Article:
The authors report results from a study designed to address three questions:
- How broad-based is alienation from Israel among young American Jews?
- Can the gap in support for Israel between younger and older American Jews be explained as a (temporary) life-cycle phenomenon?
- Are the age-related variations related, as many believe, to political (i.e., left-of-center) orientations? Or are other factors more critical?
The authors find that these trends are related more to age-cohort (year of birth) than to stage of life. But the authors find no evidence to suggest that political affiliation is related to alienation from Israel among young American Jews.
The report is based on data from the 2007 National Survey of American Jews, a mail- and Web-administered survey conducted in December 2006 and January 2007 by Synovate, Inc. It only considers the attitudes of non-Orthodox Jews.
Of 1,828 respondents, 124 Orthodox were removed from the sample on the assumption that their relationship to Israel is markedly closer than that of their non-Orthodox peers.
The major findings are that successively younger American Jews feel increasingly distant from Israel, and that the trend has been increasing steadily for decades.
For example, fewer than half (48 percent) of respondents younger than 35 agreed that “Israel’s destruction would be a personal tragedy,” compared to 78 percent of those 65 and older. And just 54 percent of the younger group is “comfortable with the idea of a Jewish State,” compared to 81 percent of those 65 or older, 74 percent of those in the 50-64 age group and 64 percent in the 35-49 group.
Among the conclusions of the authors:
Older Jews express considerable attachment to Israel, and very few are genuinely alienated from Israel. The same cannot be said for younger adult Jews. In sharp contrast to their parents and grandparents, non-Orthodox younger Jews, on the whole, feel much less attached to Israel than their elders. Moreover, in the past one could speak of mounting indifference to Israel as the major orientation of the unengaged. In contrast, these days we find instances of genuine alienation as many more Jews, especially young people, profess a near-total absence of any positive feelings toward Israel.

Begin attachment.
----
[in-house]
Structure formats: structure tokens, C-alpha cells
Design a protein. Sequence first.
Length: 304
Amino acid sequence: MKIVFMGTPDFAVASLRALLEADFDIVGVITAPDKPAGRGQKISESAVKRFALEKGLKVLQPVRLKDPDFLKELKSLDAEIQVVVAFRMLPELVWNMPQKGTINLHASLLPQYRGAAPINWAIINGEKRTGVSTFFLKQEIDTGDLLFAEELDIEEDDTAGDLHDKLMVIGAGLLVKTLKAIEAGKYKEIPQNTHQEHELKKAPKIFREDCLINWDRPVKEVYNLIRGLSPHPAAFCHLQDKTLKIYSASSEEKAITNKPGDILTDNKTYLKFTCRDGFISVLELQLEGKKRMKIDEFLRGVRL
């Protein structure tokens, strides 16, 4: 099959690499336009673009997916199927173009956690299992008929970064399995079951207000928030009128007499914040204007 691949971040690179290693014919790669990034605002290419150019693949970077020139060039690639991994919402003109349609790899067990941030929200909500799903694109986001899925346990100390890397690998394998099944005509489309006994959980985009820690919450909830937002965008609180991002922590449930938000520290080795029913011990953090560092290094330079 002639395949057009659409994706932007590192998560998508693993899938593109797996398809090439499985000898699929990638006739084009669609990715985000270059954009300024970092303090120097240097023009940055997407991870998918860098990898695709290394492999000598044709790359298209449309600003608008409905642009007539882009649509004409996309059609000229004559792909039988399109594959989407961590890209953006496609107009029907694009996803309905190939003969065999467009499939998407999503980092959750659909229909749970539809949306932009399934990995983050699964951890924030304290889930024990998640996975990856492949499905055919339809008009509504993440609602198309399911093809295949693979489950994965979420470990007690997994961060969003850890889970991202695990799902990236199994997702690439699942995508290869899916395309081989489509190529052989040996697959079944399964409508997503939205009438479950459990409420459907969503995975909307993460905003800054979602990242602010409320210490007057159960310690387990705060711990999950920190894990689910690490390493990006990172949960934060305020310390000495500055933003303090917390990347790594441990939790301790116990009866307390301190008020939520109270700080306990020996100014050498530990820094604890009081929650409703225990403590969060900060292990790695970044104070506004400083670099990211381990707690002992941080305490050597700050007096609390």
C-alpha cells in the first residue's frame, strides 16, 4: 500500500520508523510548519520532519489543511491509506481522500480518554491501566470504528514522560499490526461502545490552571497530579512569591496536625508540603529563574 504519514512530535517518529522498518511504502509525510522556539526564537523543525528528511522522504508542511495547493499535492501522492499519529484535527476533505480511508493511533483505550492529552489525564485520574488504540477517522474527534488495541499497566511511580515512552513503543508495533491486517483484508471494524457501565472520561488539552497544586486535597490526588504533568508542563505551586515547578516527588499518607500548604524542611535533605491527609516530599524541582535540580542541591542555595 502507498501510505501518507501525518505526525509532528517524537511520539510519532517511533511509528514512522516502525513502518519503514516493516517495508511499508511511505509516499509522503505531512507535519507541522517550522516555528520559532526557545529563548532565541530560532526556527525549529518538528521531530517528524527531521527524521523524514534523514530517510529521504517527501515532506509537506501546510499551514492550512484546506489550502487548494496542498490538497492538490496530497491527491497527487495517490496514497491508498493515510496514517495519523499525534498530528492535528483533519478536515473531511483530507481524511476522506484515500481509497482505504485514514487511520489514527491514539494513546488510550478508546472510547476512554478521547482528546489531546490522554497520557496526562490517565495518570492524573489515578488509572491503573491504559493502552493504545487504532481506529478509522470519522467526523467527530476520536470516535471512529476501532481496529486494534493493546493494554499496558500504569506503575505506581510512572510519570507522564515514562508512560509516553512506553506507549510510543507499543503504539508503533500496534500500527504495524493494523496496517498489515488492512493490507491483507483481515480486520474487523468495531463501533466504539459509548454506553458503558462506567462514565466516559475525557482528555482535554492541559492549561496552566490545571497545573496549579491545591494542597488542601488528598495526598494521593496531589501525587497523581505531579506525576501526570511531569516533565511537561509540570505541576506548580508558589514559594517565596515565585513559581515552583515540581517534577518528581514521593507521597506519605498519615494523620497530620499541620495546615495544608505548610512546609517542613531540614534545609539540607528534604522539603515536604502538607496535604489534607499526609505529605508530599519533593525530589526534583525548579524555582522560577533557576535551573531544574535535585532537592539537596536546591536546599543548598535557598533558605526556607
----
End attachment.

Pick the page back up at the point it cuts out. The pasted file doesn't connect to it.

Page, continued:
This age-related decline characterizes almost all available measures of genuine Israel attachment and thus cannot be attributed to measurement idiosyncrasy. At the same time, the bottom has not fallen out entirely: about 60% of younger adult Jews who are not Orthodox profess some attachment to Israel. While less attached than their elders, most younger adult Jews still view Israel positively.
The small but growing minority of younger generation Jews who are indifferent toward, if not alienated from, Israel did not suddenly emerge. Their distant views are not a matter of a recent, single, pivotal development or a sudden plunge in attachment. Rather, the erosion in Israel engagement has taken place over the entire age spectrum, from elderly, to upper-middle-aged, to lower-middle-aged, to young adult. The phenomenon has the markings of a birth cohort effect rather than a family life cycle effect. A family life cycle effect would show strong relationships with marriage or the advent of children. We might see increases and decreases in attachment over the life cycle as family circumstances change. But here, the trend lines are fairly consistent with age: each drop in age is associated with a drop in Israel attachment. While the evidence is not and cannot be conclusive, it does appear that levels of attachment are linked to when people were born and came to adulthood, rather than a particular stage in life. We see a pattern of shifting (declining) attachment to Israel stretching over 50 years, from those who are now 65 and older down to those in their 20s.
Contrary to widely held beliefs, left-liberal political identity is not primarily responsible for driving down the Israel attachment scores among the non-Orthodox. If left-liberal politics were influential, we should see significant differences in Israel attachment between liberal-Democrats and conservative-Republicans. The absence of such a pattern, and the inconsistent variations within age groups, run contrary to the assertion that political views are the prime source of disaffection from Israel. This is a case where a "non-finding" is a finding. The results point to no clear impact of political leanings on Israel attachment, contrary to the widely held view that left-liberal ideology is especially incompatible with warmth toward Israel.